Weather Channel owner Byron Allen brings attention to climate; welcomes Murdoch weather competitor

The forecast for Byron Allen is big.
Media mogul and billionaire ‘s Entertainment Studios purchased The Weather Channel in 2018, making Allen the first African American to own a major cable outlet. Entertainment Studios is also the parent company of theGrio.
Recently, Allen says he welcomes the competition from fellow mogul Rupert Murdoch, who is set to debut a 24-hour streaming channel Fox Weather later this year.


“As an African American man hopefully I’m bringing more attention to climate and environment,” Allen told theGrio’s Natasha S. Alford, Vice President of Digital Content and Senior Correspondent for theGrio, in 2019.
“Rupert Murdoch is very smart; he is the best of the best,” Allen said in an interview with the New York Times. “I am not surprised he’s coming into the weather space. Honestly, I would have been disappointed if he didn’t.”
“Now the world will understand how big of a business the weather business is and how important it is.”
“The Weather Channel has been voted the most-trusted news brand in America for eleven consecutive years, and the fifth most-trusted brand in America overall, which makes it the perfect brand for a direct-to-consumer streaming platform,” said Allen, Founder/Chairman/CEO of Allen Media Group, in a statement.


“We’ve aggregated some of the best news and entertainment content while keeping it affordable and accessible at the same time. We are highly confident that consumers will enjoy The Weather Channel Plus streaming service for decades to come.”


“It doesn’t take a rocket scientist to figure out that climate change and the environment will be the story of the next decade,” said Jay Sures, a co-president of United Talent Agency who oversees The Weather Channel’s TV division.
Allen made similar comments earlier this year at the virtual TCA session about the existential threat of global warming not being taken seriously enough.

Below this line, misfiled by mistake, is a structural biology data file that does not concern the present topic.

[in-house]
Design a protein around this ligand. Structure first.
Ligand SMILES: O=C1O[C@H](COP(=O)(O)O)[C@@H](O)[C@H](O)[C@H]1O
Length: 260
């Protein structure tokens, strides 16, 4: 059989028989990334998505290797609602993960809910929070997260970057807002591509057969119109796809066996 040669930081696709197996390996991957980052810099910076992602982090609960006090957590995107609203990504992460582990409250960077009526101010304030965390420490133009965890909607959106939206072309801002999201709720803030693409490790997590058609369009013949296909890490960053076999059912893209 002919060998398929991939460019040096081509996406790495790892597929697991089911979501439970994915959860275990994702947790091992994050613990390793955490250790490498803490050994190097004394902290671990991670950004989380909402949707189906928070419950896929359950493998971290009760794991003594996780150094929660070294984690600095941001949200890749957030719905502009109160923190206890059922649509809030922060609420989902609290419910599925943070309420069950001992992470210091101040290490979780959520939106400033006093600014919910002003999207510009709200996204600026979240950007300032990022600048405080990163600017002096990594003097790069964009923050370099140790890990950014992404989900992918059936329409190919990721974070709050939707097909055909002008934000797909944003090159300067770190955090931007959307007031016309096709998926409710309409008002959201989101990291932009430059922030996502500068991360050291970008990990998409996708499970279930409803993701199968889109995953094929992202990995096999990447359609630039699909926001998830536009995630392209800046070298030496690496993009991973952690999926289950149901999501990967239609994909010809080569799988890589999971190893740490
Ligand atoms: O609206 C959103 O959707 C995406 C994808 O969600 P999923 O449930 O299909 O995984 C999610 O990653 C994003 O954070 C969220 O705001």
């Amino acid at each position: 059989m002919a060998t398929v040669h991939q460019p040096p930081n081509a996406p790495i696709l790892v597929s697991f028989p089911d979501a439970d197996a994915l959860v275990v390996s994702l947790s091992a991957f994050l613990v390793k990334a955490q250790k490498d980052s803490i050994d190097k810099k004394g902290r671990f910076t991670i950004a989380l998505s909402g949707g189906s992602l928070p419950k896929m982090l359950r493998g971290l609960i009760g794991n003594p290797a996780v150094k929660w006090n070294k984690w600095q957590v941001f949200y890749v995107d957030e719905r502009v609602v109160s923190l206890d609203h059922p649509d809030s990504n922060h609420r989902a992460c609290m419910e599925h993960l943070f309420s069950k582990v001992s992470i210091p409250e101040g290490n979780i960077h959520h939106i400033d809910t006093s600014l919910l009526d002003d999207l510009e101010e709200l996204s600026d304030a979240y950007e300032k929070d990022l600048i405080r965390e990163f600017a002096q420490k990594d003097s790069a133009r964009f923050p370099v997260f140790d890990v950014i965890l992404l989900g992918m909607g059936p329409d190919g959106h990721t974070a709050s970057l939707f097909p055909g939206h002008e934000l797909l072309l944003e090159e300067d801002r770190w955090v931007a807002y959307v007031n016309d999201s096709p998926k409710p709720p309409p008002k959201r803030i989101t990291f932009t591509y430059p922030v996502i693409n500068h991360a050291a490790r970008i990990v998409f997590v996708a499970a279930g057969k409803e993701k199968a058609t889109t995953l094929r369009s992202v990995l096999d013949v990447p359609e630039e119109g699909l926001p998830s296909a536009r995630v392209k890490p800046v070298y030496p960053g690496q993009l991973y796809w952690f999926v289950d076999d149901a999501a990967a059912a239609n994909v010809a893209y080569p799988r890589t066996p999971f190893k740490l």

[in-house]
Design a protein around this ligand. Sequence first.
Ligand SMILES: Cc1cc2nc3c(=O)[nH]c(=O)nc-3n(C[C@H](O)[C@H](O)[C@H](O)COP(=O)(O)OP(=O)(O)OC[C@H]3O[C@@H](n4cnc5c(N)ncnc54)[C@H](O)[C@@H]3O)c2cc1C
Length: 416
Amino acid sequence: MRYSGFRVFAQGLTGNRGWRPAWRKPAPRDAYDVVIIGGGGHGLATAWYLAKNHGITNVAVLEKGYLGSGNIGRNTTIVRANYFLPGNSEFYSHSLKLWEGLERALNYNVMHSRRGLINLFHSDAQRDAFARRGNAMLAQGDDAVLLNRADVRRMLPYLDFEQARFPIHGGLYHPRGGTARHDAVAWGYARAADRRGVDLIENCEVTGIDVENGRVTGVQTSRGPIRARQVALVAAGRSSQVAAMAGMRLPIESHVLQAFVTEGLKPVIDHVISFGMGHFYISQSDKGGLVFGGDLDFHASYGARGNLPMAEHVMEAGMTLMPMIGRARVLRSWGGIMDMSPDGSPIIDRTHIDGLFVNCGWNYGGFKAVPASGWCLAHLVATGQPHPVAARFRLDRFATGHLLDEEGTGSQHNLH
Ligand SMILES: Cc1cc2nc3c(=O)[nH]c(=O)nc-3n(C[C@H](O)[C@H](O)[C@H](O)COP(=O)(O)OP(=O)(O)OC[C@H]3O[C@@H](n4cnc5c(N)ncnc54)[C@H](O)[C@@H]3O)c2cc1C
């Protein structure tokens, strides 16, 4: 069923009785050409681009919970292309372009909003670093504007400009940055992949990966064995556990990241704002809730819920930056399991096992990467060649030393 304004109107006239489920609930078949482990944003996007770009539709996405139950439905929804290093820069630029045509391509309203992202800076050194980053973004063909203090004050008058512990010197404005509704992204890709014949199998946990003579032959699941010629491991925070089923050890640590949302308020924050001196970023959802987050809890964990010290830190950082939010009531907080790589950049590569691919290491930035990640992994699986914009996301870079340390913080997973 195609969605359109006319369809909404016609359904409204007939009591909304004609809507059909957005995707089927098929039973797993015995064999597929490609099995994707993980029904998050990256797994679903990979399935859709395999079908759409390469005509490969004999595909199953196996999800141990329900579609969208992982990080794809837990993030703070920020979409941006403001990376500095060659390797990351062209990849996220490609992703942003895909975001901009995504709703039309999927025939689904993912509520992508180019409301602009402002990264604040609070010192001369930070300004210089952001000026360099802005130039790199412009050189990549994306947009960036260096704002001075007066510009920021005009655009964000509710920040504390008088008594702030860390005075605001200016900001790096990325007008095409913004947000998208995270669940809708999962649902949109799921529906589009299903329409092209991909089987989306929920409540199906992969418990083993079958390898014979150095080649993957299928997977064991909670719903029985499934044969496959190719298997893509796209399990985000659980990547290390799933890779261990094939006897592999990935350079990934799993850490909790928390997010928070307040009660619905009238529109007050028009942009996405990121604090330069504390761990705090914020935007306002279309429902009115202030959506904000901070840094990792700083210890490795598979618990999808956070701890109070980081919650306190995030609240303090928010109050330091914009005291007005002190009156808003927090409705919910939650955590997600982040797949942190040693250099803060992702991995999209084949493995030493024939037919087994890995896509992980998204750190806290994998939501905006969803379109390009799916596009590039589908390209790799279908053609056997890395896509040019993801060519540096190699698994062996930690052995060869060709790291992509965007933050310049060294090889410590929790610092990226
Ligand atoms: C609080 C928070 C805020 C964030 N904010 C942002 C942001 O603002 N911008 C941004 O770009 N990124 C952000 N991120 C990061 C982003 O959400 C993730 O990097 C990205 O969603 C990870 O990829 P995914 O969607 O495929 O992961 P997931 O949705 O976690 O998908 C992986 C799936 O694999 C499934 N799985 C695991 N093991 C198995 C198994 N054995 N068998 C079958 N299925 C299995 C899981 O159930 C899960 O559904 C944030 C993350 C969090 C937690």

“The Weather Channel had a way of making sure that they didn’t offend folks, and they would never talk about climate change and global warming, because there were some people who said it wasn’t happening, and some people said it was happening,” Allen said.


“I’m going to go with the scientists, because people don’t truly understand that climate change and global warming is the greatest threat to human beings on planet Earth. We have to inform folks so we can help save their lives. I mean, it actually means you’re going to die.”


As previously reported by theGrio, Allen’s Allen Media Group announced in June the launch of The Weather Channel’s new subscription streaming service: The Weather Channel Plus. The subscription service will run at $4.99 per month with more than 50 news and entertainment streaming channels offered.


The Weather Channel Plus is expected to launch in the fourth quarter of this year. Thirty million subscribers are projected in the first five years of this initiative. According to the Times, viewership at CNN, MSNBC, and Fox News took a dive during the first half of 2021, while the Weather Channel’s audience increased 7 percent.
Meanwhile, Weather Channel’s Nora Zimmett, the network’s chief content officer, hit Fox Weather with a bit of shade.
“I applaud Fox getting into the weather space, but they should certainly leave the lifesaving information to the experts,” said Zimmett, who worked at Fox News in the 2000s.


A Fox Weather spokeswoman clapped back, stating: “While the Weather Channel is focused on trolling FoxNews.com for unrelated stories, Fox Weather is busy preparing the debut of our innovative platform to deliver critical coverage to an incredibly underserved market.”


This article was developed by theGrio’s Stephanie Guerilus’ report.

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